The Doom-Contract

You can never be too careful. Lawyers are lurking everywhere. It’s important to protect yourself. For example, my parents had to sign a contract over twenty years ago to let me play a pirated version of Doom at the age of fourteen. Sound absurd? Let me explain!

Doom is a tough game. I remember how crassomatly detailed I found the sprites of the enemies back then. From today’s perspective, of course, it’s ridiculous, but it’s not my fault that they used words like “crassomatly” in my class. I don’t know what was worse for the adults back then: the vocabulary of “today’s youth” or the displayed brutality of Doom. In the end, however, Doom ended up on the index. “Crassomatly” didn’t.

Doom’s presence on the index ensured that it could not be played easily at the age of fourteen. The Internet thing hadn’t caught on yet, so you had to rely on floppy disks passed around during recess.

One day a crassomatly rumor made the rounds: it was about Doom. Someone owned it. Someone was playing it. Needless to say, I was skeptical at first. I basically didn’t believe any schoolyard rumor anymore, after all, I had really had a friend in elementary school whose uncle both worked at “Nintendo” and was a Bundesliga referee AND Michael Zorc. I was cautious. But at the same time I was lucky: The Doom guy was a friend of min

I confronted him and indeed: He owned Doom. As a pirated copy. On floppy disk. I visited him and we played. For hours. It was fantastic. Unfortunately, I had to go home at some point. I asked my friend if he could pull the game onto floppy disk for me to continue playing at home. He said no. The game was a pirated copy, was on the index and was from eighteen. There were so many levels where we weren’t actually allowed to play the game that he didn’t want to risk giving it to me. It was just too risky for him.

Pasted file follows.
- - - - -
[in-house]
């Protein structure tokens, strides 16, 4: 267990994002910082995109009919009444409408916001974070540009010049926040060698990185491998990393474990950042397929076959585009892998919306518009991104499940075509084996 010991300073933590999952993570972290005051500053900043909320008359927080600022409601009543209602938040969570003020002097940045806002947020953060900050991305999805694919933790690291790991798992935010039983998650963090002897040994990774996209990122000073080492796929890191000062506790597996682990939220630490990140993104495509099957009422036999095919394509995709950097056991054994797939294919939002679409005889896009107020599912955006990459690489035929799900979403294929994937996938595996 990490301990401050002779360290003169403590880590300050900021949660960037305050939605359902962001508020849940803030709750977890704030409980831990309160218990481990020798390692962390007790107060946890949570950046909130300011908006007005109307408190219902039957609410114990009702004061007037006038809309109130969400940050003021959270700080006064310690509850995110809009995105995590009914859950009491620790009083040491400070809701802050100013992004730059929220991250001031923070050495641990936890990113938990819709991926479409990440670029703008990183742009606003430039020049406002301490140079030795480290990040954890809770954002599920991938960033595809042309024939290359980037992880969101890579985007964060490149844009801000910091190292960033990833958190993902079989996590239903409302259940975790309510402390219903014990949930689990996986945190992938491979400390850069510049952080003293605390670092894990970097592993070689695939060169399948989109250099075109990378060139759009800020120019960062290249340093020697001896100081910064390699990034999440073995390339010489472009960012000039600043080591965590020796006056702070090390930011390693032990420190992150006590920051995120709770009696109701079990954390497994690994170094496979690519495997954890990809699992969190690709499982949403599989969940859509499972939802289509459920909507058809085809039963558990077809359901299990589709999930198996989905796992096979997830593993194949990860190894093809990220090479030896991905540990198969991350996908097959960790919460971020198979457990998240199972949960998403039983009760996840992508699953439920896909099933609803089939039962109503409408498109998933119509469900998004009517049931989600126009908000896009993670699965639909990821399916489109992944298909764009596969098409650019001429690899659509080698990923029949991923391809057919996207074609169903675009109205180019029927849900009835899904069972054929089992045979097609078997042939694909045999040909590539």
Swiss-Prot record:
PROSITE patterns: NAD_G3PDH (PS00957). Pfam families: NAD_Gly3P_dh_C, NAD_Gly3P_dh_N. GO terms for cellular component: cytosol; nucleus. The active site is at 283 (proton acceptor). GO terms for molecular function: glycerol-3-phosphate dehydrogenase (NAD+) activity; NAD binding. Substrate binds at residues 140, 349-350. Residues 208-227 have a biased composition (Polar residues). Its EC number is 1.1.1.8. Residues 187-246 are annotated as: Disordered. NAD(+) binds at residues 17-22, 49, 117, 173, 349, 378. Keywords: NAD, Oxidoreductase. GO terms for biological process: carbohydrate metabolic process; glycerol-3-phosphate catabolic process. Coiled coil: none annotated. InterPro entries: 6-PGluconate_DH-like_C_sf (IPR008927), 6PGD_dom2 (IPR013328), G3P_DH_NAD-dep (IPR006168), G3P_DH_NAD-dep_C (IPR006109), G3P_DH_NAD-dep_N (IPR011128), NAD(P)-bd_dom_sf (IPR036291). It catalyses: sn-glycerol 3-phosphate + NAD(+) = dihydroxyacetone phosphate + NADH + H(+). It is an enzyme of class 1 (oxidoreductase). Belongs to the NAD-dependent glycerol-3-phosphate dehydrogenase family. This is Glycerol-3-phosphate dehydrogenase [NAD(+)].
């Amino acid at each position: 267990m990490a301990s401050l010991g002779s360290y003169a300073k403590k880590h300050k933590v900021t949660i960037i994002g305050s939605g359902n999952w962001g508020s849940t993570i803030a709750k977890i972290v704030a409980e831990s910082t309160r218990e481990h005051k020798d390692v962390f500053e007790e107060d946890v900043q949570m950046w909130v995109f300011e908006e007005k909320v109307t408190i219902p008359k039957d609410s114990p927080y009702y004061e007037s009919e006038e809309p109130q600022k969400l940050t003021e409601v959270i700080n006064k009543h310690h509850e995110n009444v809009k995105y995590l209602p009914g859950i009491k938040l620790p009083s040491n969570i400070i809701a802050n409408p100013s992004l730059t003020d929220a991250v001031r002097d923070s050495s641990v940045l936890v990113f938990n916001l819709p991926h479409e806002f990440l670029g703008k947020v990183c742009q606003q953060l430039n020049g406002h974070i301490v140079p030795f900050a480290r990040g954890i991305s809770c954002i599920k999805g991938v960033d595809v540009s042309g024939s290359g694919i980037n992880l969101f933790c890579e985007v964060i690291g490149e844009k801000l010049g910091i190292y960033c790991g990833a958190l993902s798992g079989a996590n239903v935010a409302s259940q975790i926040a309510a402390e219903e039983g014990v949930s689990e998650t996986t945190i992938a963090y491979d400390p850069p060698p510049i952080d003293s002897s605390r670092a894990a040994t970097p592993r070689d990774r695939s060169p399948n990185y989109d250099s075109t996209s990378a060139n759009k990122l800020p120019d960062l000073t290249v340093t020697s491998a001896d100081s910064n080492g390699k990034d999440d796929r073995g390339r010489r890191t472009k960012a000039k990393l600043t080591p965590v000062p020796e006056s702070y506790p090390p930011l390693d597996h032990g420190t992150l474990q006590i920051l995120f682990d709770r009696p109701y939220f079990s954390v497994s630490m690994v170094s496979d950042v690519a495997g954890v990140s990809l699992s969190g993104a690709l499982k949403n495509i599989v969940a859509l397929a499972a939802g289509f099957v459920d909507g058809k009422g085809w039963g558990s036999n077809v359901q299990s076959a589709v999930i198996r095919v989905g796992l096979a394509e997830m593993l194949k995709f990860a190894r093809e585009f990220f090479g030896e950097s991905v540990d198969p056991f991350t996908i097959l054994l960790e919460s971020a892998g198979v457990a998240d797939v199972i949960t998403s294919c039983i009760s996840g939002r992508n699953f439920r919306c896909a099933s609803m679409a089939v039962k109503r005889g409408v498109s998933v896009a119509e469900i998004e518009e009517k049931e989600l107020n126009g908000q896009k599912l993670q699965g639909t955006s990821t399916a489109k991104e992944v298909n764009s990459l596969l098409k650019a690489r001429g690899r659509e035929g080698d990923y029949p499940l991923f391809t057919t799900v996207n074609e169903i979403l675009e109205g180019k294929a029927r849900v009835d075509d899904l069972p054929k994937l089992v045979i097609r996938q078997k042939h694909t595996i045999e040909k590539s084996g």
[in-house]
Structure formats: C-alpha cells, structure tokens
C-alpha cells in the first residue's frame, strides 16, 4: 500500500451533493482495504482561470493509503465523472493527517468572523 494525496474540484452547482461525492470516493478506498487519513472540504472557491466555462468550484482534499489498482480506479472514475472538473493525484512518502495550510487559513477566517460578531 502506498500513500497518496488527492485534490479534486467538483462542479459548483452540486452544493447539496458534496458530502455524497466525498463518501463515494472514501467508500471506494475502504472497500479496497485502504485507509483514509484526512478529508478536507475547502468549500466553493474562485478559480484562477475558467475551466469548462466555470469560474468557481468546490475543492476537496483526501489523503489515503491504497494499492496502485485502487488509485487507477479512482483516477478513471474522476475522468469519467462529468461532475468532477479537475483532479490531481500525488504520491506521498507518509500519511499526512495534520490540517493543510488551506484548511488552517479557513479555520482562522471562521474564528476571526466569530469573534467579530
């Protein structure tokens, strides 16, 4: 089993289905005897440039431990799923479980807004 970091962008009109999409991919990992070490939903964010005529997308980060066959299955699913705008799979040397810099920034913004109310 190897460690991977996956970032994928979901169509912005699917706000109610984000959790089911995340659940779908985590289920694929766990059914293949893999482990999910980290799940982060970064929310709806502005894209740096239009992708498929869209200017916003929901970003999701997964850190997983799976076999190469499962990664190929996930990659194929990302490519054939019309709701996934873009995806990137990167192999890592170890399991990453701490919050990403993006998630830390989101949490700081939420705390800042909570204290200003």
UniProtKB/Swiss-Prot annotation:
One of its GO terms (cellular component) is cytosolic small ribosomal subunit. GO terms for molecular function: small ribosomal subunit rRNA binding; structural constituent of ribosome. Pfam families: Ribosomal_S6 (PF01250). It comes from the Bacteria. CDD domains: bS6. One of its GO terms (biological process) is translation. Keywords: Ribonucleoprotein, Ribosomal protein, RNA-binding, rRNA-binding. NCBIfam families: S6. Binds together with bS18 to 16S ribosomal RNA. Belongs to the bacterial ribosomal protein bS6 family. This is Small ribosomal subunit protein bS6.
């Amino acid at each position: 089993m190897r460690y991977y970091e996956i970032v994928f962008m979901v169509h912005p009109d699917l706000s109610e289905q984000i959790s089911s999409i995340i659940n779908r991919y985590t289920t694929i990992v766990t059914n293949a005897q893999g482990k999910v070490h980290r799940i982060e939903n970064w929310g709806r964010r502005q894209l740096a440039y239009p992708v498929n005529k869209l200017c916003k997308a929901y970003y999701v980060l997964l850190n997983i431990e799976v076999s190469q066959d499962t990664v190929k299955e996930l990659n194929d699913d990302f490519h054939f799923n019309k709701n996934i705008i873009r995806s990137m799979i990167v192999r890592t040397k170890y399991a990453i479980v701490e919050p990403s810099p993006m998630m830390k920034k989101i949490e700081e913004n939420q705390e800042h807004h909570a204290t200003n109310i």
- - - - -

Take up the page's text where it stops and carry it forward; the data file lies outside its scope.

Of course, I wasn’t satisfied with that. I stubbornly insisted on making a copy. Then one day my friend came up with the only logical solution to our problem: He drafted a contract.

In this contract he put together the hard facts. Doom was eighteen and up. Doom was indexed. It was also a pirated game. If one day the police showed up at my door to arrest me for any of these circumstances, my parents contractually agreed not to prosecute him for it and to bear the blame solely themselves.

This written out contract was actually presented to my parents one day. We provided a few more explanations to show them that Doom wasn’t actually that bad. The crassomatly of the situation: my parents signed. My father took one look at Doom’s gameplay, shrugged his shoulders, let out a “Well.” and the matter was simply settled.

Unfortunately, I no longer own the Doom contract. In fact, I don’t think we ever received a copy. Careless, I know. Especially in this day and age. You can never be too careful.


In Doom, you shoot demons because they think Mars belongs to them. But it doesn’t. Everything else should be known to everyone. Because it’s Doom.

Dieser Artikel ist ebenfalls abrufbar in: Deutsch

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